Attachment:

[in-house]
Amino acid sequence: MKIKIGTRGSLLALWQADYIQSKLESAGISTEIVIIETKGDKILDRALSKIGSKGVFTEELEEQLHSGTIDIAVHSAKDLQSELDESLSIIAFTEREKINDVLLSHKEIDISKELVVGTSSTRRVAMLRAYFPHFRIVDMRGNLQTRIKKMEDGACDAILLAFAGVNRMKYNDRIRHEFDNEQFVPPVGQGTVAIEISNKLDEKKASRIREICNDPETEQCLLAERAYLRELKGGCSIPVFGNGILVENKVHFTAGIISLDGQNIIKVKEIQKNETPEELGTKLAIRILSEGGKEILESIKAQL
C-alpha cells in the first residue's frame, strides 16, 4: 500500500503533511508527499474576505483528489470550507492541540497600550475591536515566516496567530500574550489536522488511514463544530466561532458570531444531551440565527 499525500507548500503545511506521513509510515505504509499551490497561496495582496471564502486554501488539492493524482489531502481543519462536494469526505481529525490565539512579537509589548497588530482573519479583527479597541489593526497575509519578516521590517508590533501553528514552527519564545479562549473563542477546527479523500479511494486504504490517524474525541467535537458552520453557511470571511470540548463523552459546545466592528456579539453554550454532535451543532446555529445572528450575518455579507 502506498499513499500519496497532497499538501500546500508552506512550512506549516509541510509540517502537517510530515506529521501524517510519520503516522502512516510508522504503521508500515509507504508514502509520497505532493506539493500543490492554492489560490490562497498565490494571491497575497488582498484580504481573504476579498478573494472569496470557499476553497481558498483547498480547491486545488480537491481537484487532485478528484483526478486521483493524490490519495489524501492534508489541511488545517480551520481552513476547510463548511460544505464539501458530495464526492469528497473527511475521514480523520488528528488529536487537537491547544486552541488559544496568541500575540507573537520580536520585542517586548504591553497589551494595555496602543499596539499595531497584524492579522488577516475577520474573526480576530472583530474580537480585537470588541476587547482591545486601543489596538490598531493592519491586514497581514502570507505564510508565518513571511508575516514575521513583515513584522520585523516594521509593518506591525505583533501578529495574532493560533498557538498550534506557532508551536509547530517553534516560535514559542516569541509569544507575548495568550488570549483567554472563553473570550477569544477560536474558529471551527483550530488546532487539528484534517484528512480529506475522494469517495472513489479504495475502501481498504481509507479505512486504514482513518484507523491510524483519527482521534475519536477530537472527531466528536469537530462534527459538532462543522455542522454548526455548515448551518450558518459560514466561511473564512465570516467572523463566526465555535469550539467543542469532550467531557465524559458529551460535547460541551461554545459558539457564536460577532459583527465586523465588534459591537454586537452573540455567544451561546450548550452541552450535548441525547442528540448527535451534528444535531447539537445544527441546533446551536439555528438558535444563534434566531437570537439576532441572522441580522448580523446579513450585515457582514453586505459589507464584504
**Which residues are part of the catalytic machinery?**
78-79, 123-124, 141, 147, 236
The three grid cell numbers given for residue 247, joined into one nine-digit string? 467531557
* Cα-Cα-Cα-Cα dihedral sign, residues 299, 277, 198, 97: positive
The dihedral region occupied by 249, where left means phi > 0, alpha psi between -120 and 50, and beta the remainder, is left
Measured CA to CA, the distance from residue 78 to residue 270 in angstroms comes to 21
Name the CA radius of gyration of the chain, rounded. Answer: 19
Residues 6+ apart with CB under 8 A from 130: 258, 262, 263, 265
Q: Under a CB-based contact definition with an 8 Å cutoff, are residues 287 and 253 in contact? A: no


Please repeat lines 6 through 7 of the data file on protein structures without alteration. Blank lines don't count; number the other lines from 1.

The three grid cell numbers given for residue 247, joined into one nine-digit string? 467531557
* Cα-Cα-Cα-Cα dihedral sign, residues 299, 277, 198, 97: positive